Cat Meows Exploit Humans?!

Fresh from the BBC in London comes this urgent news dispatch...and all I can tell you is, I'm not making any of this up.  Leading scientists have actually been studying this topic:   how cats manage to "manipulate" or maybe "catipulate" humans!

Oh, please. Your tax dollars are being spent this way?   We cats find this very amusing, especially when they could have just asked us.

Cats are domesticated animals that have learned what levers to push, what sounds to make to manage our emotions

Nicholas Nicastro, Cornell University

But they didn't ask us, so here goes:

Nicholas Nicastro, of Cornell University, believes cats are evolving into SUPERcats that are better able to exploit humans!   Oh my, I've always called it "persistent persuasion," and this awful man is calling it...exploitation?

He says "after 5,000 years of living with humans, cats have learned what buttons to press to please their owners. Apparently, it is all down to the meows they choose to get what they want." The rewards are clear - more pampering, tastier food and a seat in the comfiest chair. But not all scientists are convinced!

Dr John Bradshaw of Southampton University, UK is one such scientist. Bradshaw says there is no doubt that cats are good at handling humans. But, he says, there is no evidence to suggest that artificial selection is taking place. "Artifical Selection" is a term that was coined by Charles Darwin to explain how man has shaped plants, crops and domestic animals by selective breeding.

Learned response

"Cats learn to meow in ways that manipulate their owners but it's got nothing to do with evolution at all - it's a learned response," says Dr Bradshaw, an animal behaviourist.

Many cats seem to have a set of meows they use for different contexts, he says. For example, a cat might choose a particular noise to signal it wants to be let out and a different one to demand to be fed. But when you compare cats, there is nothing in common between these meows, he says. This suggests that each cat learns on its own, how to get its owner's attention...something that is nothing to do with genetics.

"There's a much more plausible explanation," Dr Bradshaw told BBC News Online. "Each cat tends in its own lifetime to learn the noises that interest its owner the most."

Not so fast, says Mr Nicastro, a graduate student in evolutionary psychology from Cornell University.

hunting cat
After 7,000 years of domestication, cats are very different from their wild relatives
Mr. Nicastro put together a sample of 100 different vocalisations from 12 cats. He played the cat calls back to 26 human volunteers and asked them to rate each one for pleasantness and appeal. The same set of sounds was played to a second group of volunteers who were asked to rate how urgent and demanding the meows were.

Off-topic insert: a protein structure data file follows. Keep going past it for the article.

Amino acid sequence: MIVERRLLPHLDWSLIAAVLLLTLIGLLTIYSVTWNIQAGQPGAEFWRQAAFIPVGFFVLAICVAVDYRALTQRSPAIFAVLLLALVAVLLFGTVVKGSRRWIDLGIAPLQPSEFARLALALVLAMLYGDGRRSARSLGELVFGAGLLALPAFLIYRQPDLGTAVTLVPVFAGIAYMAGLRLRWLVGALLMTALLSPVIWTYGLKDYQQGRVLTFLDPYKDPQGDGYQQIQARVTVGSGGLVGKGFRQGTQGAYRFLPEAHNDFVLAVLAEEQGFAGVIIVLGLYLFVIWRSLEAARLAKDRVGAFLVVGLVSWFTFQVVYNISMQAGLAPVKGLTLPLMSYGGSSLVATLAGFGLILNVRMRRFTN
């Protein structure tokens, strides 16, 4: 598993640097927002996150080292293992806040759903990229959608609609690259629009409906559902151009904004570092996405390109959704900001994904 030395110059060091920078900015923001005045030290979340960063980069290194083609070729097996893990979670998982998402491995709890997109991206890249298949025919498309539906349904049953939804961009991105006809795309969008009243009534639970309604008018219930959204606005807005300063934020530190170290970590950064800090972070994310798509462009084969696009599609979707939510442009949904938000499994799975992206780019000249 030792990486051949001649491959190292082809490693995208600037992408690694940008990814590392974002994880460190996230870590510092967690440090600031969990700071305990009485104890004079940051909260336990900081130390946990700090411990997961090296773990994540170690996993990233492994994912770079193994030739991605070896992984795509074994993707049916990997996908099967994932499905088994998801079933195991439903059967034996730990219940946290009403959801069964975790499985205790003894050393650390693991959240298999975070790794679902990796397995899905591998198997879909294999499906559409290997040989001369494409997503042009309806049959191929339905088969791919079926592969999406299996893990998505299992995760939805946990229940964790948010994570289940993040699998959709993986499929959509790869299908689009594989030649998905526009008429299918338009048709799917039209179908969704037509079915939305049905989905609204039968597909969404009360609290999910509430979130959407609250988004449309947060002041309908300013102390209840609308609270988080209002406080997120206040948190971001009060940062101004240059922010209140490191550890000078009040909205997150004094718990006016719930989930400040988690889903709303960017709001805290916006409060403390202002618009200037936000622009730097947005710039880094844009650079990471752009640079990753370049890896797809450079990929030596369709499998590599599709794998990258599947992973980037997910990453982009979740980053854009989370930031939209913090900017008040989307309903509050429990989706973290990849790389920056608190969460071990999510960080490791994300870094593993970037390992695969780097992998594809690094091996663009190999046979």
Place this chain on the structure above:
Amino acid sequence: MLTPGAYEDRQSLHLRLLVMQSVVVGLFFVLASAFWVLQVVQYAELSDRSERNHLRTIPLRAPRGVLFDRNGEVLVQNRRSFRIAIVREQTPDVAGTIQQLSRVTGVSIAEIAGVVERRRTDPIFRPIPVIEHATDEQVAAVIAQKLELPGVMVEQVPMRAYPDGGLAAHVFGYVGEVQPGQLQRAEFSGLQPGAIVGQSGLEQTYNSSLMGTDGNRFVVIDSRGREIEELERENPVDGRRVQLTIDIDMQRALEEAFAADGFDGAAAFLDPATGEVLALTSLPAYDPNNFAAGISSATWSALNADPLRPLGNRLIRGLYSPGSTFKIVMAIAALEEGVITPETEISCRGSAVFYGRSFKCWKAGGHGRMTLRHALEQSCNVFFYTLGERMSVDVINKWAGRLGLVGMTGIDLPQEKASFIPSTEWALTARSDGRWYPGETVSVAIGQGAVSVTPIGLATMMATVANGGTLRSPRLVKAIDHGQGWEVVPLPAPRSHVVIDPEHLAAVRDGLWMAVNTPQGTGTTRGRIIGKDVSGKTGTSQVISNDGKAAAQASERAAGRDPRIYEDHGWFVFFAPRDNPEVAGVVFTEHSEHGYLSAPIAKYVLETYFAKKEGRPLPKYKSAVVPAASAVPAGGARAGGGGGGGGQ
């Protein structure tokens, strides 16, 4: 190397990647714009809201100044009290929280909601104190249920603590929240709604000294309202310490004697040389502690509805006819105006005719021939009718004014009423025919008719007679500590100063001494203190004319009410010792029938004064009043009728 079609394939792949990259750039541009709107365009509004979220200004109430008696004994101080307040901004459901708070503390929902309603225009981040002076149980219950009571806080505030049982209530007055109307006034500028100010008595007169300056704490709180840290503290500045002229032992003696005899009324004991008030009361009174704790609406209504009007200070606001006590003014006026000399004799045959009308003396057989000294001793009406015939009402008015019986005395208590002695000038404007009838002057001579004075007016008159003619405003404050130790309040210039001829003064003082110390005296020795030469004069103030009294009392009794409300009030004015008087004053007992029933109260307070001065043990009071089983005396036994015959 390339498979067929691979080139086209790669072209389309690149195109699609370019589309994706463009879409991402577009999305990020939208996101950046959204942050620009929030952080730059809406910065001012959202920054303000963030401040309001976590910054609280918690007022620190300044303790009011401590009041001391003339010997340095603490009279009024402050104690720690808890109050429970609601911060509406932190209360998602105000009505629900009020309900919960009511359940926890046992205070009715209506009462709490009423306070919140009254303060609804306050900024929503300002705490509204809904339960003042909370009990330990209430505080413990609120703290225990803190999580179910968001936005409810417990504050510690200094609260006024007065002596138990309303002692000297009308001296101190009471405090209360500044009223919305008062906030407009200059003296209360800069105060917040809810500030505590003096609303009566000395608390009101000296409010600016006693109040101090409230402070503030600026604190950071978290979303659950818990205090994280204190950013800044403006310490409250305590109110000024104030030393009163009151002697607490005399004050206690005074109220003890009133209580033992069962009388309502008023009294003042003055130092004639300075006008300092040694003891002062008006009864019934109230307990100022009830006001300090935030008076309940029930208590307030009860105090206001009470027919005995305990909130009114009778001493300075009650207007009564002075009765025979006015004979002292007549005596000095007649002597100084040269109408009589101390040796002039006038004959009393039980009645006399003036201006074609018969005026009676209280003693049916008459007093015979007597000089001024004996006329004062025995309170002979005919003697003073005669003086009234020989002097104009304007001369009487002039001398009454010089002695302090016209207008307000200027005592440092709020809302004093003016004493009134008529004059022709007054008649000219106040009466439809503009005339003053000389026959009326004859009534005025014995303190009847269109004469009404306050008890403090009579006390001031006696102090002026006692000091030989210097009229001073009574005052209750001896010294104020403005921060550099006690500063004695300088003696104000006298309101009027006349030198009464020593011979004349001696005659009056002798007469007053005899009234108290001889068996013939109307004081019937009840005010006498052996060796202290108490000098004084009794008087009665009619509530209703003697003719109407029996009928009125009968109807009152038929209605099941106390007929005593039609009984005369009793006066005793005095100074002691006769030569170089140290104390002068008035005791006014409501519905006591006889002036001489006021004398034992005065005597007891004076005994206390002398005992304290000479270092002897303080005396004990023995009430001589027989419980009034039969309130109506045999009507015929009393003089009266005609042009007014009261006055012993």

Humans seem to be able to distinguish between longer, raucous meows and softer, more pleasing ones. An urgent or demanding call is "the kind we hear at 7 am when we walk into the kitchen and the cat wants to be fed," says Mr Nicastro.   "The cat isn't forming sentences and saying specifically, 'take a can of food out of the cupboard, run the can opener and fill my bowl immediately', but we get the message from the quality of the vocalisation and the context in which it is heard," he adds.

Fickle humans

Mr Nicastro, who owns two cats himself, goes further. He says the pleasant sound is the one a cat might use, say in a rescue centre, to ask to be taken home. More demanding calls might cause a feline to be left behind to face an uncertain fate.

The psychologist says humans have long been selecting for the most pleasant sounding cats.
"For example, seven thousand years ago, when we think the ancestors of our domesticated cats began wandering into Egyptian granaries, offering to trade rodent-control services for shelter, it was probably the pleasant-sounding cats that were selected and accepted into human society."

It is this point that is the bone of contention for Dr Bradshaw. He says cat breeding is not under human control. And furthermore, "Cats don't have that sophisticated a level of communication.   The idea that a female would go up to a male in a back alley somewhere and say, 'could I hear your meow to see if the kittens you father will be appealing to people?' just couldn't happen (speak for yourself, Mr. Bradshaw).

But that conclusion doesn't wash with Mr Nicastro. "Cats are domesticated animals that have learned what levers to push, what sounds to make to manage our emotions," he says. "And when we humans respond, think about this...we too become domesticated animals!"

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